Taking classes for your degree online is convenient, allowing you to log in and attend class when you have time between your other commitments. While you might already know that a successful online learning experience requires you to be self-motivated and able to manage your time, there’s more to getting the most out of your online program than setting aside time to complete your assignments.
A rewarding online degree experience begins with choosing the right program. It also requires that you pay attention to everything from the technological requirements to your own personal learning style. In fact, to get the most from your degree, whether it be an online MBA or an online master of arts in teaching there are five things to keep in mind.
Choose a Program That Fits Your Learning Style
Everyone learns differently. Some people are visual learners and need concepts spelled out via visual aids like charts, graphs and videos. Others learn best by applying the concepts to real-life situations. Some people learn best through a combination of methods. When it comes to online learning, there is no “one size fits all” solution that works for everyone. Every program has its own methods of instruction. As you compare programs, try to determine which teaching style is most prevalent. Will your courses be heavy on reading and discussion, and light on application? Are there in-person or real-time elements, such as video conferences or weekend workshops? Do the instructors make use of technology and use audio and video instruction in addition to reading? Seek out a program that best matches your preferred way of learning to ensure your success.
Pay Attention to the Technological Requirements
Every online program uses its own system for classroom management, which generally has minimum computer and connection standards. You might need additional programs or equipment for your classes. If your computer is too old and slow, or your internet connection is unreliable, you might find your online classes more frustrating than enlightening. Upgrade your equipment if necessary before starting school to keep up with the class.
Develop Your Writing Skills
We’ve all read messages or emails that were so riddled with typos and grammatical errors that they were practically incomprehensible. You don’t want to be “that guy” in the class that irritates everyone with error-filled posts, so work on your written communication skills if necessary before you enroll. Even if you are confident in your skills, take the time to proofread and spell check all of your discussion postings before you hit “send.” Remember, you’re making an impression on both your classmates and professors — people you might need to later ask for recommendations. Do you want to be remembered as the guy who responded “ditto” to everyone else’s posts?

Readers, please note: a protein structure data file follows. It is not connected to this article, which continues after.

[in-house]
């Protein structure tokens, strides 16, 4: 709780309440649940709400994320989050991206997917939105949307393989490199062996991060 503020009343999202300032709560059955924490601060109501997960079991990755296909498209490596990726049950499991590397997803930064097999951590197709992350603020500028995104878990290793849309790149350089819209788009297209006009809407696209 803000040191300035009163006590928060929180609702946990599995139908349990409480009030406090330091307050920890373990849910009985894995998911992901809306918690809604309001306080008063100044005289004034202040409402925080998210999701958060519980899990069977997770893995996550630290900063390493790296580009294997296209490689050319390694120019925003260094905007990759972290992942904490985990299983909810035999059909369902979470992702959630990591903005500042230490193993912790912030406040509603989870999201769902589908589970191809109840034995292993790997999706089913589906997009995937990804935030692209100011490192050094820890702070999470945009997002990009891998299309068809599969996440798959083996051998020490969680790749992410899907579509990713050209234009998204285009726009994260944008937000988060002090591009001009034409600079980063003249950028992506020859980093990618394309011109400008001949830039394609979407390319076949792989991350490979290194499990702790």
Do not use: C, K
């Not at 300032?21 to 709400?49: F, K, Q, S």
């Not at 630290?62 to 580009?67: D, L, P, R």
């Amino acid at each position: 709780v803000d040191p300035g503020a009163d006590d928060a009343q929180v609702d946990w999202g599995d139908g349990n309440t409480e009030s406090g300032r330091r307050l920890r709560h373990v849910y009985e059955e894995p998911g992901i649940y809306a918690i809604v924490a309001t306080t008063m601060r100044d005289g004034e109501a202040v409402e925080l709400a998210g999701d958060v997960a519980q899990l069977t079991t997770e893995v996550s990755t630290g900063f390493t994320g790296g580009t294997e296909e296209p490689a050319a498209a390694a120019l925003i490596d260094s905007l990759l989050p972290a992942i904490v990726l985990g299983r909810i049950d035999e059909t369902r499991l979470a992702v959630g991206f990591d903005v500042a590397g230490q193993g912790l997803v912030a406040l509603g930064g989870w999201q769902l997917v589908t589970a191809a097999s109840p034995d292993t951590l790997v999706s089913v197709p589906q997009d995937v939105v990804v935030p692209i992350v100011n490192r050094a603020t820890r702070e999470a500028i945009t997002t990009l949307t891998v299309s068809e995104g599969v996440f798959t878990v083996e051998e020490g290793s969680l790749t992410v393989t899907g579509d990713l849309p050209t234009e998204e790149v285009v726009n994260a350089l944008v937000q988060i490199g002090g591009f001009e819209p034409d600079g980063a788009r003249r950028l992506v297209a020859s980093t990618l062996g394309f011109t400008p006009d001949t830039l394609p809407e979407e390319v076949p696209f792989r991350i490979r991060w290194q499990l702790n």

Be Willing to Share Experiences With People You Haven’t Met
One of the advantages of enrolling in an online degree program is the chance to work with other students you might not otherwise meet. However, because you might never meet them in person, you need to be willing to place a certain amount of trust in them. Be willing to be open and honest when sharing your work and life experiences. That doesn’t mean spilling your guts with every post, but share your experiences so others can learn from them as well.
Do Not Ignore the Surveys
At the minimum, you’ll be asked to complete an evaluation at the end of each course; however, many times professors will ask for feedback in the middle of the course. Don’t ignore these invitations, but instead provide honest and constructive feedback. Some professors will make changes to the course based on those responses that will help you get more from the course or clear up any confusion.
Of course, much of your success in an online program depends on you and your commitment to excellence. However, keeping these tips in mind can make adhering to that commitment easier and ensure that you graduate with a positive perspective on your online experience.
About the Author: Blogger Rebecca Doherty earned her master’s degree in teaching online. She teaches high school English literature and creative writing.
Image credits: scottchan | FreeDigitalPhotos.net